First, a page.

What is RAID?

RAID stands for Redundant Array of In-line Drives/Disks and is a method of managing hard drives in servers.

Hard drives are the only moving component (except fans) inside computers and as such they are prone to mechanical failures. The failure of a hard drive would be the most common server fault and also the most costly as the hard drive is the only data store. RAID is a method of configuring hard drives in a way that prevents single point failure of the servers data store. It comes in seven flavours, though the main ones are RAID O, 1 and 5.

RAID 0 – Stripped: Where the data is split evenly over the number of hard drives. This is mainly used for performance boosting and should not be used for data protection. As the failure of one drive will destroy the array and the remaining data would be garbage without a complete array. Minimum of two drives needed.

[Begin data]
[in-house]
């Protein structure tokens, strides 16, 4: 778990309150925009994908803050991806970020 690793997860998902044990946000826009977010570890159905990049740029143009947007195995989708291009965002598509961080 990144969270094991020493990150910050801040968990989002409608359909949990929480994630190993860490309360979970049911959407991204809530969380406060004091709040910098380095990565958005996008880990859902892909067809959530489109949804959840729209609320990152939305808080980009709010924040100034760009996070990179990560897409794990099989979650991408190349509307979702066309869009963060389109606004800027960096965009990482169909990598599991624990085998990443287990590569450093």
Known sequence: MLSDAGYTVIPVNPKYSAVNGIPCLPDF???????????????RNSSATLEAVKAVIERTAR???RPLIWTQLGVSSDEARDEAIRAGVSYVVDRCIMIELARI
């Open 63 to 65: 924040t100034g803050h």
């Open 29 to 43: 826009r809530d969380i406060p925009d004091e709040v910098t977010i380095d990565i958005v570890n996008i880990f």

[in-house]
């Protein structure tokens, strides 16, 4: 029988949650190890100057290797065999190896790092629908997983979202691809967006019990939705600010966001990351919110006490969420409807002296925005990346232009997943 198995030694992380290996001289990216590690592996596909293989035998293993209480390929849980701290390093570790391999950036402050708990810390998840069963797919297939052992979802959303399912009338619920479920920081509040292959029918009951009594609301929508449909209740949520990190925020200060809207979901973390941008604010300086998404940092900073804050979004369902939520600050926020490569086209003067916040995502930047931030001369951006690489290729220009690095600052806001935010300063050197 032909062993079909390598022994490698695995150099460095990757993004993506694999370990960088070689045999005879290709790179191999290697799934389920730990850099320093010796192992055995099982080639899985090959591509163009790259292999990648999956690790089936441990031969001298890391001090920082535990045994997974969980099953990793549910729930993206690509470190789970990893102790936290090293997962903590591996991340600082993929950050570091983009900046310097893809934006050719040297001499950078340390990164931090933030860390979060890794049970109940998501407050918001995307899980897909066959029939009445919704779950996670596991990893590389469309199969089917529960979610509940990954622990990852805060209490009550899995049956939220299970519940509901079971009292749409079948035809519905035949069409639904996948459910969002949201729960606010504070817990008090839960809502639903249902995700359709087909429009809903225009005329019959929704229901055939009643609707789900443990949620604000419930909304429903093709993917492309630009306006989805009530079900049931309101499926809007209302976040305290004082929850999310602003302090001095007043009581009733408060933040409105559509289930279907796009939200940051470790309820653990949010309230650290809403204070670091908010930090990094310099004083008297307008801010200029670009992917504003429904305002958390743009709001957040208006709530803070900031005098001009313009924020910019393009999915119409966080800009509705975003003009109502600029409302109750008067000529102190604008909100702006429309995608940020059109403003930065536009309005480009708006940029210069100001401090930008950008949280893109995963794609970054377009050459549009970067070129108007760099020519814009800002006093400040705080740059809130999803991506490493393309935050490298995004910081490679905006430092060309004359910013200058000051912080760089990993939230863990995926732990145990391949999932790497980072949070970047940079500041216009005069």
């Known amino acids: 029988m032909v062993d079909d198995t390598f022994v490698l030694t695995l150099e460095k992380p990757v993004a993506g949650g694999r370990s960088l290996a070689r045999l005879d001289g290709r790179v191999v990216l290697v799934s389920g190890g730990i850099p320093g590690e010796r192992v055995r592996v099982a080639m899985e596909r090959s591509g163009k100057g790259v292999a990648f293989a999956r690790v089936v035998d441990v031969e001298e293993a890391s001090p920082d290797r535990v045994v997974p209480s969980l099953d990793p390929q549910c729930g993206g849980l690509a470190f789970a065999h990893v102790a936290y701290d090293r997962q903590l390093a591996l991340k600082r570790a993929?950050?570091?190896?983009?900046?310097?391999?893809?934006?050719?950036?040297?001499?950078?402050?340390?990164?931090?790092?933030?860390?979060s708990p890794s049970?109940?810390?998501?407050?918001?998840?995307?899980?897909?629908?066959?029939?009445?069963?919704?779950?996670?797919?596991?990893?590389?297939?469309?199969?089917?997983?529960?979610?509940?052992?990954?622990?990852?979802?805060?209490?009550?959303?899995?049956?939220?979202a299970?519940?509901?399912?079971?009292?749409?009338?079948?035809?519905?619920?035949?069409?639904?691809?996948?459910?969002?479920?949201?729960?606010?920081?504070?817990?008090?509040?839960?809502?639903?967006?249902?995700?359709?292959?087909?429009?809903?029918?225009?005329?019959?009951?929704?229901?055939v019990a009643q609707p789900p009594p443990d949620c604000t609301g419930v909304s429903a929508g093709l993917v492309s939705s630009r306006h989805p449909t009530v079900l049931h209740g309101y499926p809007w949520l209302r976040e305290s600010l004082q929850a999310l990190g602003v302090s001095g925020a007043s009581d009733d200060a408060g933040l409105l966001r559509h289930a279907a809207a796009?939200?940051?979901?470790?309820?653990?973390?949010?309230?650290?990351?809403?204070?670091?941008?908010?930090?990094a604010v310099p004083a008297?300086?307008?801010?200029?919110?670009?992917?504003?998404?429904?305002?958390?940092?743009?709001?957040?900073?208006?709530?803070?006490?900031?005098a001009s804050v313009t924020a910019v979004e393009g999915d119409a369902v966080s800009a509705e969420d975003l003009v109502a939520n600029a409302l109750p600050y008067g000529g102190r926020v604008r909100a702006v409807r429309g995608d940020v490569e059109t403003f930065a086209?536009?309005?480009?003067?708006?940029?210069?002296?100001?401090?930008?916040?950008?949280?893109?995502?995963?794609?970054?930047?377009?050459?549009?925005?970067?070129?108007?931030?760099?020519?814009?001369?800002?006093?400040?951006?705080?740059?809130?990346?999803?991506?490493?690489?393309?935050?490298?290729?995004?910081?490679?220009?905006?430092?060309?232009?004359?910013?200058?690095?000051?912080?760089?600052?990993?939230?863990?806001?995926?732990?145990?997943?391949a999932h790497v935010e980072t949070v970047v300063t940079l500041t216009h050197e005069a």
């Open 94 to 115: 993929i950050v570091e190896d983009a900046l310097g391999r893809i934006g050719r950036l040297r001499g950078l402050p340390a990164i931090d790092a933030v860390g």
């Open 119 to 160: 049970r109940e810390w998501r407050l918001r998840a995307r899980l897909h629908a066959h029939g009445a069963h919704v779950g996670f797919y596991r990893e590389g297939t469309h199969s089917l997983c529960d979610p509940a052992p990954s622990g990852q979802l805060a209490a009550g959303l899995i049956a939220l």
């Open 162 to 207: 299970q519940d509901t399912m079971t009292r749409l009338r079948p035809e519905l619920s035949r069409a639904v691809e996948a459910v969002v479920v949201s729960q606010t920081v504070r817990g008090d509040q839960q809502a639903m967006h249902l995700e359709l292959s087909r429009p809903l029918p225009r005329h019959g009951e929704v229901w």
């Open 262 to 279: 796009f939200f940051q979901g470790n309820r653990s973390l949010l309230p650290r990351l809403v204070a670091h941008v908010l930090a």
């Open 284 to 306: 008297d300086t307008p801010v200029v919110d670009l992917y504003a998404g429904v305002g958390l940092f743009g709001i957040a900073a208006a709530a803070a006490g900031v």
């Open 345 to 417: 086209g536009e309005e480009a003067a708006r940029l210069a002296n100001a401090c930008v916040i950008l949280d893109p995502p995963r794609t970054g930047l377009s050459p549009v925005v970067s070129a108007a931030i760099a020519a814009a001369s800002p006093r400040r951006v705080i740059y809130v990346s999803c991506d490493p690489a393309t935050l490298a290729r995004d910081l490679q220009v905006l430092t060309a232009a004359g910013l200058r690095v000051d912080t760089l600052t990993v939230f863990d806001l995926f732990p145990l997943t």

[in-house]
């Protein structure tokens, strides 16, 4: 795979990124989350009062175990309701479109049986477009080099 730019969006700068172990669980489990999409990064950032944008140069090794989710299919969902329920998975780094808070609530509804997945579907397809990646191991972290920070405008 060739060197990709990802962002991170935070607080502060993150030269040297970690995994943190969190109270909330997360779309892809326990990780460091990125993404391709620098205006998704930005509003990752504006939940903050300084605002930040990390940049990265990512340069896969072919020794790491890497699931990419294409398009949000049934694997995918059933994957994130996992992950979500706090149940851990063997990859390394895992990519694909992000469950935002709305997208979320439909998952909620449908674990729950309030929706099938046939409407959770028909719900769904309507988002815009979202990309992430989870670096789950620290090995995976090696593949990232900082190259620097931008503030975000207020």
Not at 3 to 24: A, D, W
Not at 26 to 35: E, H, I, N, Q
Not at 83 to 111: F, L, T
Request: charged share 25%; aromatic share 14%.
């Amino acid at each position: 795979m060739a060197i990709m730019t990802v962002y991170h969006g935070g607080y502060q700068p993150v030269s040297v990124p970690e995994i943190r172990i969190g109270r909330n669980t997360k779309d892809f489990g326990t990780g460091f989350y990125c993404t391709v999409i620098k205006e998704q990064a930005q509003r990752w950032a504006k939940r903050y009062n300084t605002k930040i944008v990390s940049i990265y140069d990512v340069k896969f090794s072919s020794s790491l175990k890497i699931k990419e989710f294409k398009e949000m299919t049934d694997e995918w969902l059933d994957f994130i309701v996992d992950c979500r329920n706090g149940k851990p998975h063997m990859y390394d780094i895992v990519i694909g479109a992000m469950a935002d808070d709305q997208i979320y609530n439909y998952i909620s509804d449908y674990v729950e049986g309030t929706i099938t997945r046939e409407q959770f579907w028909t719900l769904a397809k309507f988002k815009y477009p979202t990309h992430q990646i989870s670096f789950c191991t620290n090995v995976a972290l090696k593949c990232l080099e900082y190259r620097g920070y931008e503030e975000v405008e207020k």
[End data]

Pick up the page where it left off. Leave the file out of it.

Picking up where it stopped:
RAID 1 – Mirrored: Where the data on the system is copied on all the drives so that in the event of a drive failing there is a complete copy on the remaining. Typically, this also allows for continued use of the system with no interruption in service. Minimum of two drives needed.

RAID 5 – Stripped with Parity: Similar to RAID 0 but with a checksum in place that allows the RAID to recover from a single drive failure by “rebuilding” the missing data using the other drives and a checksum. Minimum of three drives needed.

It is recommended that all servers have at least RAID 1 and ideally RAID 5 in place as their first backup level.

25. October 2011 by Stuart Mains
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